81807 - Internet, Law, Society

Course Unit Page


This teaching activity contributes to the achievement of the Sustainable Development Goals of the UN 2030 Agenda.

Quality education Reduced inequalities Sustainable cities Peace, justice and strong institutions

Academic Year 2021/2022

Learning outcomes

The student will acquire the following competences and skills: - awareness of the information and communication technologies (ICTs) and of their socio-economical impacts - awareness of main issues pertaining to the regulation of ICTS - knowledge of emerging aspects of European ICT Law - awareness the basic principles and issues on e-goverment, e-governance and e-democracy - knowledge of the legal regulation of ICTs in the Europe - awareness the Digital Agenda for Europe framework. The student will acquire the awareness of risks and opportunities of ICTs and the ability to address legal issues pertaining to ICTs in a European and comparative perspective.

Course contents

  • For students attending the course (frequentanti), the detailed course content corresponds to the list of readings and materials with the possibility of replacing some contents with new topics discussed during the lectures.
  • For students not attending the course (non frequentanti) the detailed course content corresponds to the Handbook “Artificial Intelligence and Legal Analytics” (Ashley 2017), Cambridge University Press.

Erasmus students follow the same programme of italian students.

For students coming from other degree courses, that have already passed an exam of Legal Informatics, the course contents for possible integration shall be agreed with the professor.

The course is divided into two parts: Computable Law; Legal issues of AI and autonomous systems.

Computable Law:

Introduction to computable law: the enablers; main approaches and methods

Legal retrieval systems (all different systems and approaches): introduction to legal information retrieval, new trends, case studies

Man-made models (man-made ontologies, norms, rules, case based reasoning, argumentation): legal knowledge representation (logic, ontology and computation); case studies

Machine learning systems: introduction to big data and the law, legal text analytics; case studies

Legal issues of AI and autonomous systems:

Legal issues of AI: Big data, Algorithmic decision making, algorithmic justice: predictive systems and the issues of fairness and transparency, data protection

Legal issues of autonomous systems: automation in socio-technical systems; liability and automation; task-responsibility, main kinds of involved liabilities: personal liability, enterprises liabilities, product liability, liability of standard setters. Cases studies: aviation, autonomous driving, health care, robot, autonomous agents.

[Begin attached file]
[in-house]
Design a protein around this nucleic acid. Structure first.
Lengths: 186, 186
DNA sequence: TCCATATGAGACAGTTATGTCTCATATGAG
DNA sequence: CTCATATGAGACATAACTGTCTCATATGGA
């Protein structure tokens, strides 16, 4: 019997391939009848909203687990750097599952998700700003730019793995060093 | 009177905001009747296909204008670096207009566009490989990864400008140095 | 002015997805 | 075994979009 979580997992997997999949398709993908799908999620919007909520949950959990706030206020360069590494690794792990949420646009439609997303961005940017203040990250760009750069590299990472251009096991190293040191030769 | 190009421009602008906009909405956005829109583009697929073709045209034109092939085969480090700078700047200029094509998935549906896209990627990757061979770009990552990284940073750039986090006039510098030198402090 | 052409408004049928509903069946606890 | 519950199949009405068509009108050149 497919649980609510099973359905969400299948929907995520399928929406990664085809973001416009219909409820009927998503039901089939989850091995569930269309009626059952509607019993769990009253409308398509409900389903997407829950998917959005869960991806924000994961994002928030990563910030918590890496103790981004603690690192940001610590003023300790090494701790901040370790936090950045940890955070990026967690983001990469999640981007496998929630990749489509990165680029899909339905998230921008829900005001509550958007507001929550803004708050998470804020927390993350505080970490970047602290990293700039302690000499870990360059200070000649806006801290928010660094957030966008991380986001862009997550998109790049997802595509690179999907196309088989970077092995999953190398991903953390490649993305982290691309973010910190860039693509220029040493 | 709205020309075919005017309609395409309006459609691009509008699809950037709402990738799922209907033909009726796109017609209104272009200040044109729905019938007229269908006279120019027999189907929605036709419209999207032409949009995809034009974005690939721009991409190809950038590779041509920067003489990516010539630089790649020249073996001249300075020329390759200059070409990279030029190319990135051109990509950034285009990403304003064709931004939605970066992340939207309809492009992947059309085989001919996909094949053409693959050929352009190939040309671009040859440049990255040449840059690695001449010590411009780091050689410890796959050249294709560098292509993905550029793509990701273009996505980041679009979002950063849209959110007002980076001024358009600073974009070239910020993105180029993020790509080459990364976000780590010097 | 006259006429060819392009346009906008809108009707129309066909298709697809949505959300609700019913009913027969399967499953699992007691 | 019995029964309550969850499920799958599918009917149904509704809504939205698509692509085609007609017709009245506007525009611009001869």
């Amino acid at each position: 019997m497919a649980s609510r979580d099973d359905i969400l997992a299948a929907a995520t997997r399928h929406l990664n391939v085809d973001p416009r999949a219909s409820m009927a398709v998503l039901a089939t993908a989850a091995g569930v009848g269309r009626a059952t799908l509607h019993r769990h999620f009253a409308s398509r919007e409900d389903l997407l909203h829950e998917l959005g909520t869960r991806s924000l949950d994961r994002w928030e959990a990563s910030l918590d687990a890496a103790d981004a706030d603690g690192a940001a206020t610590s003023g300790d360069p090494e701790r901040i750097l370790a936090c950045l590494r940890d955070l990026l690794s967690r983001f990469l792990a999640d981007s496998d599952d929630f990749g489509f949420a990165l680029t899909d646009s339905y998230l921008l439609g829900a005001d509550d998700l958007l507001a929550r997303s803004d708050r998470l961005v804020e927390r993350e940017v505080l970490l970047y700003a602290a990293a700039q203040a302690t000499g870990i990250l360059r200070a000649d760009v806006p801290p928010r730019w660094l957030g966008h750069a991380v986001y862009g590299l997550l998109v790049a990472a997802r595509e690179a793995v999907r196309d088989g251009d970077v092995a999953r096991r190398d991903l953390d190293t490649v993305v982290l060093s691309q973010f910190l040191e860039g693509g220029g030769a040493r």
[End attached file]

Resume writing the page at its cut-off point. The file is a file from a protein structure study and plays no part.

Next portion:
For students not attending the course:

Kevin D. Ashley, Artificial Intelligence and Legal Analytics (2017) Cambridge University Press

Teaching methods

Lectures are held by Prof. Contissa and Dr. Lagioia with the support of collaborators.

We warmly invite the students to actively participate in the lectures and discuss with teachers and other students the news and events, related to the topics of the course

During the course the students will have a chance to attend different conferences held by professors and professional lawyers on the topics of this course.

In accordance with the health emergency from Covid-19, teaching will be carried out following the traditional method of lectures. The possibility of taking online courses is always ensured.

Further information available at the following Internet address: https://dsg.unibo.it/en/teaching/projects-and-teaching-methodologies

The exam can only be taken after having passed the exams of Constitutional Law and Private Law.

Assessment methods

Notice – Exams during the Covid-19 emergency

The exam, consisting of a group activity and an oral test, both of which are compulsory, will take place as follows:

1) Group activity: Students are required to form groups of max 4/5 students. Each group chooses a topic from the list below. [The list of topics will be defined during the course] Each group must communicate to giuseppe.contissa@unibo.it the following information:

  • the chosen topic
  • a brief description (max 1000 characters) about the tentative proposal
  • group members’ name

This will be useful to arrange the scheduling of group presentations that will be published on the course webpage.

In order to maintain a good variety in the scheduling and only in the case several groups submit similar proposals, we may ask to change the object of the presentation.

IMPORTANT: each group will prepare a presentation of the proposal and every student in the group must present part of it for at least 4/5 minutes. This activity will be evaluated, and we will assign a score to it, expressed in /30.

2) Oral test: students who have passed the group activity (min 18/30) can take the oral test. The test will take place on Microsoft Teams.

The oral test consists of two or three questions that may cover the entire content of the course.

In the oral test, the student starts with the grade obtained in the group activity, to which a maximum of 3 points may be added, and it may also lead to reducing the grade from the group activity.

Office hours

See the website of Giuseppe Contissa

See the website of Francesca Lagioia